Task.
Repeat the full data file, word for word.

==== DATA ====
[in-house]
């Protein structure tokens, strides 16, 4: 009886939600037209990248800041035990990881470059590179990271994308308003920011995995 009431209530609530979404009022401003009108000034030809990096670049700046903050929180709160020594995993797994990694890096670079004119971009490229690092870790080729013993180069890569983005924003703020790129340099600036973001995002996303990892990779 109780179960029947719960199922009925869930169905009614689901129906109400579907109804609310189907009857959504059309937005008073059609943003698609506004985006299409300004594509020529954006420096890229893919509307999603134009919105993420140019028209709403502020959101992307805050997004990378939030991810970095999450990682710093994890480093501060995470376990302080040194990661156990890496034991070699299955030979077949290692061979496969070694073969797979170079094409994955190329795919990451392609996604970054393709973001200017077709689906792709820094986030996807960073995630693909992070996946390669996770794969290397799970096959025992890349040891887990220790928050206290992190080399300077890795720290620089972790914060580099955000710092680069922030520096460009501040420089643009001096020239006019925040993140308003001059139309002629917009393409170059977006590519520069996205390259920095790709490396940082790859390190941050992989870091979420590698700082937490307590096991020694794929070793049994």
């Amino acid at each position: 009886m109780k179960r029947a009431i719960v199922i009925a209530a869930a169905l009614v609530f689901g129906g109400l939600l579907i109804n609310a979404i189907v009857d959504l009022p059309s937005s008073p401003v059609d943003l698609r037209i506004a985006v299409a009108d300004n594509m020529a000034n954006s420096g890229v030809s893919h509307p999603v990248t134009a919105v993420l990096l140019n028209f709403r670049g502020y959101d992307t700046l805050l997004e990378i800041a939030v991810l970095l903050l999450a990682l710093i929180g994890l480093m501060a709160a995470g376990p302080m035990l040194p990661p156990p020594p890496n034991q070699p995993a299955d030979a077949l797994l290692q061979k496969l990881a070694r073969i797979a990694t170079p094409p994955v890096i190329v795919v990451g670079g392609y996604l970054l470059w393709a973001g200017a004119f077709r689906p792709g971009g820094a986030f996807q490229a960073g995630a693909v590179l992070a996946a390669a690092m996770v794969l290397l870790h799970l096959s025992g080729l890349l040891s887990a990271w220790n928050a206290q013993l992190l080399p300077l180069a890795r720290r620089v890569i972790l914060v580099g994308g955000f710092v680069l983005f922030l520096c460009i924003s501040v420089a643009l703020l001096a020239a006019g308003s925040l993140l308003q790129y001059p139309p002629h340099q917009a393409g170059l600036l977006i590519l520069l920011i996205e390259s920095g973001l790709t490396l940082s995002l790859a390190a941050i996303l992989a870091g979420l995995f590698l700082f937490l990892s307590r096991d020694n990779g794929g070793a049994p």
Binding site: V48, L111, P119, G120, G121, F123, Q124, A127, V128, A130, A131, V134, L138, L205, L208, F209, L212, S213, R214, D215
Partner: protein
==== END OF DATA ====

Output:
[in-house]
């Protein structure tokens, strides 16, 4: 009886939600037209990248800041035990990881470059590179990271994308308003920011995995 009431209530609530979404009022401003009108000034030809990096670049700046903050929180709160020594995993797994990694890096670079004119971009490229690092870790080729013993180069890569983005924003703020790129340099600036973001995002996303990892990779 109780179960029947719960199922009925869930169905009614689901129906109400579907109804609310189907009857959504059309937005008073059609943003698609506004985006299409300004594509020529954006420096890229893919509307999603134009919105993420140019028209709403502020959101992307805050997004990378939030991810970095999450990682710093994890480093501060995470376990302080040194990661156990890496034991070699299955030979077949290692061979496969070694073969797979170079094409994955190329795919990451392609996604970054393709973001200017077709689906792709820094986030996807960073995630693909992070996946390669996770794969290397799970096959025992890349040891887990220790928050206290992190080399300077890795720290620089972790914060580099955000710092680069922030520096460009501040420089643009001096020239006019925040993140308003001059139309002629917009393409170059977006590519520069996205390259920095790709490396940082790859390190941050992989870091979420590698700082937490307590096991020694794929070793049994």
């Amino acid at each position: 009886m109780k179960r029947a009431i719960v199922i009925a209530a869930a169905l009614v609530f689901g129906g109400l939600l579907i109804n609310a979404i189907v009857d959504l009022p059309s937005s008073p401003v059609d943003l698609r037209i506004a985006v299409a009108d300004n594509m020529a000034n954006s420096g890229v030809s893919h509307p999603v990248t134009a919105v993420l990096l140019n028209f709403r670049g502020y959101d992307t700046l805050l997004e990378i800041a939030v991810l970095l903050l999450a990682l710093i929180g994890l480093m501060a709160a995470g376990p302080m035990l040194p990661p156990p020594p890496n034991q070699p995993a299955d030979a077949l797994l290692q061979k496969l990881a070694r073969i797979a990694t170079p094409p994955v890096i190329v795919v990451g670079g392609y996604l970054l470059w393709a973001g200017a004119f077709r689906p792709g971009g820094a986030f996807q490229a960073g995630a693909v590179l992070a996946a390669a690092m996770v794969l290397l870790h799970l096959s025992g080729l890349l040891s887990a990271w220790n928050a206290q013993l992190l080399p300077l180069a890795r720290r620089v890569i972790l914060v580099g994308g955000f710092v680069l983005f922030l520096c460009i924003s501040v420089a643009l703020l001096a020239a006019g308003s925040l993140l308003q790129y001059p139309p002629h340099q917009a393409g170059l600036l977006i590519l520069l920011i996205e390259s920095g973001l790709t490396l940082s995002l790859a390190a941050i996303l992989a870091g979420l995995f590698l700082f937490l990892s307590r096991d020694n990779g794929g070793a049994p």
Binding site: V48, L111, P119, G120, G121, F123, Q124, A127, V128, A130, A131, V134, L138, L205, L208, F209, L212, S213, R214, D215
Partner: protein